Minsky's FIH and related work imply that bubbles entail elements of irrationality, but bubbles can apparently also occur under rational behaviour. The rational bubble models, however, add little to our understanding of the phenomena, and some of those who have demonstrated the possibility of their existence believe that irrationality is displayed in historical accounts of bubbles. The irrational bubble theories imply that financial markets provide vehicles for speculative excesses. Minsky views the financial system itself as basically unstable. Others, such as Eichengreen and Portes (1987), see the financial system as potentially sound, once appropriately regulated, but as playing a significant role in generalising the effects of shocks emanating from the real sector.
If the financial system is fundamentally unstable, then regulation is clearly required. Minsky (1986), however, argues that it will not be possible to assure financial stability through regulation since instability laid to rest by one set of reforms will eventually emerge in a new guise. Those that do not share Minsky's views have a greater belief in the potential for regulation to prevent speculative excesses and the resultant crises. Nevertheless, the rapid financial innovation in the 1970s and 1980s ensures that regulators and supervisors must be ever-vigilant and develop flexible systems to contain the speculative urge and associated risks. In this vein the Brady Report50 recommended that margin requirements in the US futures markets should be tightened following the October 1987 crash. In addition, should a financial crisis occur, the LOLR and BOLR should act swiftly to prevent it leading to a multiple credit contraction and recession or depression.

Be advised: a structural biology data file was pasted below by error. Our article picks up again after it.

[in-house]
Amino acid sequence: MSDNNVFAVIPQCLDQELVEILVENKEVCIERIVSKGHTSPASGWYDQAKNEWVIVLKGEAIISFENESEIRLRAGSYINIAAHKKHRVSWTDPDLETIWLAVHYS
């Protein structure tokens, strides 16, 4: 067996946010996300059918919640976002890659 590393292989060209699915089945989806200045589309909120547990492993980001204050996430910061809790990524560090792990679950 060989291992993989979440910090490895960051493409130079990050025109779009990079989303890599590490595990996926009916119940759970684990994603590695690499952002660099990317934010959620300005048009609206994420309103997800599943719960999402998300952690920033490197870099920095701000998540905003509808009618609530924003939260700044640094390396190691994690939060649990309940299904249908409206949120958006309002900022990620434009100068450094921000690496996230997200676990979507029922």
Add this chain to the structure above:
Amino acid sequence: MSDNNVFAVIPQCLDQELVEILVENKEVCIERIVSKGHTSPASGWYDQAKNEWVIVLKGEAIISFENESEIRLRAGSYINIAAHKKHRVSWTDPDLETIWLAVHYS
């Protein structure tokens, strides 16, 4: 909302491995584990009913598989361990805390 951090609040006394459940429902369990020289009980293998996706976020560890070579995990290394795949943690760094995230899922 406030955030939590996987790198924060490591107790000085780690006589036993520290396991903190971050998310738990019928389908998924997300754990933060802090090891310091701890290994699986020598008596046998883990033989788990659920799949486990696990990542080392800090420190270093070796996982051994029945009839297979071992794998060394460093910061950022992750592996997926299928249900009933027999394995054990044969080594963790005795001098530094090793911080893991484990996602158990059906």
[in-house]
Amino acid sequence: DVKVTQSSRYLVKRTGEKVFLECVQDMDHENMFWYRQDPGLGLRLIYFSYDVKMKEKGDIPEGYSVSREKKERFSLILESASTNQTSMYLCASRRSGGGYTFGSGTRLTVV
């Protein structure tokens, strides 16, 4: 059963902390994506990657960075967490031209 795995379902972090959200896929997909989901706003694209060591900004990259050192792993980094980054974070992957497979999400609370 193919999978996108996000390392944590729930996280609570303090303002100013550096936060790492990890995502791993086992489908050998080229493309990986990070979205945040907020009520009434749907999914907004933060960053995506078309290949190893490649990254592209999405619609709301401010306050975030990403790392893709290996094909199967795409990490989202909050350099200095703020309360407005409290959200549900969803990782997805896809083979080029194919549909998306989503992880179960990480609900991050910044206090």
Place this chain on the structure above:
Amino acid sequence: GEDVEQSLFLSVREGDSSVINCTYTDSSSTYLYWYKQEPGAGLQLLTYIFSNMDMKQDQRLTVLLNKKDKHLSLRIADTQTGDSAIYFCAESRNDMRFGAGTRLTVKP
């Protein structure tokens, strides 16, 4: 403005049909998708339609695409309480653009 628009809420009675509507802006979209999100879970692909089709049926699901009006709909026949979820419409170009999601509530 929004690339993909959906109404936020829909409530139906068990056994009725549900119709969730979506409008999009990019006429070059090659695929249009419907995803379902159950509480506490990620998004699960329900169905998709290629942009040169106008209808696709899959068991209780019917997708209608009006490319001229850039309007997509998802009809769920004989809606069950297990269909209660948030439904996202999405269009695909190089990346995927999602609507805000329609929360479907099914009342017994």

Eichengreen and Portes (1987) postulate that the banking system serves as a buffer between the real sector and the wider financial system. As a result of deregulation, however, banks are becoming increasingly integrated with the wider financial system (Mullineux 1987b, c). This has a number of regulatory and supervisory implications. The risk of 'contagion' is increased, in the sense that banks are more likely to be adversely affected by depositors' reactions to losses in securities markets in which banks are known or believed to be participating. To the extent that securities markets, as well as the real sector, are a source of shocks, then the banking system's buffer role will be expanded. The LOLR cover provided by central banks to support the banks' buffer function, and thereby to protect the payments system and the credit relationships it entails, will implicitly have to be extended to cover the wider financial system in order to protect banks from 'contagion'. (See Dale 1988 for further discussion.)